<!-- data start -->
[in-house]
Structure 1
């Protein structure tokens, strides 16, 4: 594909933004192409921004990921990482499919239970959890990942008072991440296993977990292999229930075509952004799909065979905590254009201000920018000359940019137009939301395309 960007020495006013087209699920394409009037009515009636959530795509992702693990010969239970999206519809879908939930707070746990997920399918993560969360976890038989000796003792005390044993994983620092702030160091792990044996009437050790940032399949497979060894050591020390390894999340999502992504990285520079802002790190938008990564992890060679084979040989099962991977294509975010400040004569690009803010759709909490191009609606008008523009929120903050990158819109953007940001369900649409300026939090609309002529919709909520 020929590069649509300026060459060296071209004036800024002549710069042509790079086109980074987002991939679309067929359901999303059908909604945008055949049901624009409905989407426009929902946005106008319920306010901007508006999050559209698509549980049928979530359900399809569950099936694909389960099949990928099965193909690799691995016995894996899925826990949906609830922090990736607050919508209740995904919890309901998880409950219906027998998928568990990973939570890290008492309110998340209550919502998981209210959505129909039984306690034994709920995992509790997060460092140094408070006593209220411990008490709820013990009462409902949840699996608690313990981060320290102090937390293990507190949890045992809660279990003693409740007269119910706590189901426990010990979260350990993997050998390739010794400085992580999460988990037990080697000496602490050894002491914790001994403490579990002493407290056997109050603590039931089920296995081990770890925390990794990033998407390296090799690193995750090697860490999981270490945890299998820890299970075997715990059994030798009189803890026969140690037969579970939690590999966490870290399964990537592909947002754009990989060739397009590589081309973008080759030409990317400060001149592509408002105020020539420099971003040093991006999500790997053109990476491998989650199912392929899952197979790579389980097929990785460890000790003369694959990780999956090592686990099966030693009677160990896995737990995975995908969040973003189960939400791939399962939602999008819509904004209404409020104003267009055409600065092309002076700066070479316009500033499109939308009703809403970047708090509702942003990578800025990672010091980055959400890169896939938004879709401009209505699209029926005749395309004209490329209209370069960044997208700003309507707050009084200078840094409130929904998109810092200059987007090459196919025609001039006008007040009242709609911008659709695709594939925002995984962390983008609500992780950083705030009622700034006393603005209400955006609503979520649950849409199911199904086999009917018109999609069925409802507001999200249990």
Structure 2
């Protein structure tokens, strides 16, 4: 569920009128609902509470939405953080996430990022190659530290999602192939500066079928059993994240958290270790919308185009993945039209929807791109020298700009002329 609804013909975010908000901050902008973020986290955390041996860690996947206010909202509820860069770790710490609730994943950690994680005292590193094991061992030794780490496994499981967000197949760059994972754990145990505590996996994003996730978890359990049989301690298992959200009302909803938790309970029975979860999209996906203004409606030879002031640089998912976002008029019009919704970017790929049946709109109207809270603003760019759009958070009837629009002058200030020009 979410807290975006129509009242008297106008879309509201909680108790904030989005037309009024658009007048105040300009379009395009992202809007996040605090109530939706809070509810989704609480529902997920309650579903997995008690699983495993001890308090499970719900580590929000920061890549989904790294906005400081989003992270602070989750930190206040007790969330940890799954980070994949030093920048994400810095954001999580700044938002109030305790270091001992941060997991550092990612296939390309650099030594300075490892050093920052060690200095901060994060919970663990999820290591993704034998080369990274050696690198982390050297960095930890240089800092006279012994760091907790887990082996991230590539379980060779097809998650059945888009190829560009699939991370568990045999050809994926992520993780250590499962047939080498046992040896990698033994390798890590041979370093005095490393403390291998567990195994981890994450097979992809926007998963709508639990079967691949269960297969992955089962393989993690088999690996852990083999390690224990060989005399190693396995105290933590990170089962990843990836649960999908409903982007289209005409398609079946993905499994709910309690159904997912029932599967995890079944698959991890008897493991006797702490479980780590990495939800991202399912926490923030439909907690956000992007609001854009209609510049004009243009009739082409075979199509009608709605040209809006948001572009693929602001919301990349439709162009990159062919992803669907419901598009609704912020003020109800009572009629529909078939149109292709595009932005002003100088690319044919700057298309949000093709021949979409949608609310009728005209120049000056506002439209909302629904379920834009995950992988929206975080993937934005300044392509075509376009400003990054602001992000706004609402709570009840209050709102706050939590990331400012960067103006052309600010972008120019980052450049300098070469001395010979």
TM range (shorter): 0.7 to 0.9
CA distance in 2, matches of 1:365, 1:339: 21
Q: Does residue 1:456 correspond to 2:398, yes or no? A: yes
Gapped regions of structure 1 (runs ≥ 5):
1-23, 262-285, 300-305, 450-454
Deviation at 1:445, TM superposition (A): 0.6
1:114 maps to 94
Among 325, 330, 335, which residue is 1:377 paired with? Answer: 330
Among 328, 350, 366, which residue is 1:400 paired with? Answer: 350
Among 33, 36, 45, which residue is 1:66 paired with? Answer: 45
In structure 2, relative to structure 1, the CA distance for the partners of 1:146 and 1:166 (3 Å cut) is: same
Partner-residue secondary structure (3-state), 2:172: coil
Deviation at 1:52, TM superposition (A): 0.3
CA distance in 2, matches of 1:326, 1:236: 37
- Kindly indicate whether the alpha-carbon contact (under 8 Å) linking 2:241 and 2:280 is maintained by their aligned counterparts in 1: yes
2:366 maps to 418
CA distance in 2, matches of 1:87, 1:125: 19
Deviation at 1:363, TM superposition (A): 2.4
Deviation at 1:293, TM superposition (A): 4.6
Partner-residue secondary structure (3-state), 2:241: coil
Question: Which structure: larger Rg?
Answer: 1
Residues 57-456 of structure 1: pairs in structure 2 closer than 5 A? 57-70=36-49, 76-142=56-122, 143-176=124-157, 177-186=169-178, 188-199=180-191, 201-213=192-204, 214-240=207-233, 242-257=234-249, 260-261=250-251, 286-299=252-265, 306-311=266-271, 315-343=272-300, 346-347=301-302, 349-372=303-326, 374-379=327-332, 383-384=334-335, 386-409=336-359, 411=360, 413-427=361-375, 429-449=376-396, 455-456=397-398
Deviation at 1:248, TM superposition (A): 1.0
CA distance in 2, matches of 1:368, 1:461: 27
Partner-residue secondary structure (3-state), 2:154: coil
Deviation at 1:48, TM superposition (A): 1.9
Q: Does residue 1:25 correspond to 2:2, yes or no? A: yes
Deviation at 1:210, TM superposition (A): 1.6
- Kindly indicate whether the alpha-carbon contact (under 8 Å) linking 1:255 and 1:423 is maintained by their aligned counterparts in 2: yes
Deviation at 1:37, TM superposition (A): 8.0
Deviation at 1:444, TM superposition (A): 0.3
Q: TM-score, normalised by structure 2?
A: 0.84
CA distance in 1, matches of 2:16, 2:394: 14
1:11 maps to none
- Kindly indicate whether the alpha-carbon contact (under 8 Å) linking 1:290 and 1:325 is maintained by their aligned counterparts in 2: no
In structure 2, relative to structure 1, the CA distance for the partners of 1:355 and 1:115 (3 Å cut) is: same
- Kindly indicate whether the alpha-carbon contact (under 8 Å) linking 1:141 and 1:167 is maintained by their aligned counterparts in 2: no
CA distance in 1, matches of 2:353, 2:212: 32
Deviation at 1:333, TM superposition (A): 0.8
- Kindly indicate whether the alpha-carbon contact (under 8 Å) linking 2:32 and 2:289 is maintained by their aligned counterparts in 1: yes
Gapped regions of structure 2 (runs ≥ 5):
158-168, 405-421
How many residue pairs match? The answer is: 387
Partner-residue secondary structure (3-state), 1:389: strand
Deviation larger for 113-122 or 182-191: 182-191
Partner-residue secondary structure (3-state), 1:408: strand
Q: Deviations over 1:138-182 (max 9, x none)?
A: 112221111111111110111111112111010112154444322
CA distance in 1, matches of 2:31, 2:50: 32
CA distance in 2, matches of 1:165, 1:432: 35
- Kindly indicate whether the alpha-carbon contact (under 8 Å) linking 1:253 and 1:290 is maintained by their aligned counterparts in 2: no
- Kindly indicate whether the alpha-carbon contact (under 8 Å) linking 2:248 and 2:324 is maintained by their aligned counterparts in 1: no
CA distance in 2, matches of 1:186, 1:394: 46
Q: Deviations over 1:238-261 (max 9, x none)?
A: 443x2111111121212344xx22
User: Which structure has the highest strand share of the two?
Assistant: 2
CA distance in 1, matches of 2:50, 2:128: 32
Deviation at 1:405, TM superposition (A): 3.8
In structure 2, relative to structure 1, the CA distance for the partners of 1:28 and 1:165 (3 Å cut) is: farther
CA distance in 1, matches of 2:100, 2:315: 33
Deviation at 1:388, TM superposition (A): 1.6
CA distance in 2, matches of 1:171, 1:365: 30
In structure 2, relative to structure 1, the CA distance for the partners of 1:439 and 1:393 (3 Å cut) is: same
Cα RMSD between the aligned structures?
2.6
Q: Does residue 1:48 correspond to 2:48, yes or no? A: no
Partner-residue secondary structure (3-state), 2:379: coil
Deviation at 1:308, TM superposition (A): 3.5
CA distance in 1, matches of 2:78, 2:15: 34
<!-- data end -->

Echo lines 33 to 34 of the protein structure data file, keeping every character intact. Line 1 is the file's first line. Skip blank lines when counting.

Q: Does residue 1:25 correspond to 2:2, yes or no? A: yes
Deviation at 1:210, TM superposition (A): 1.6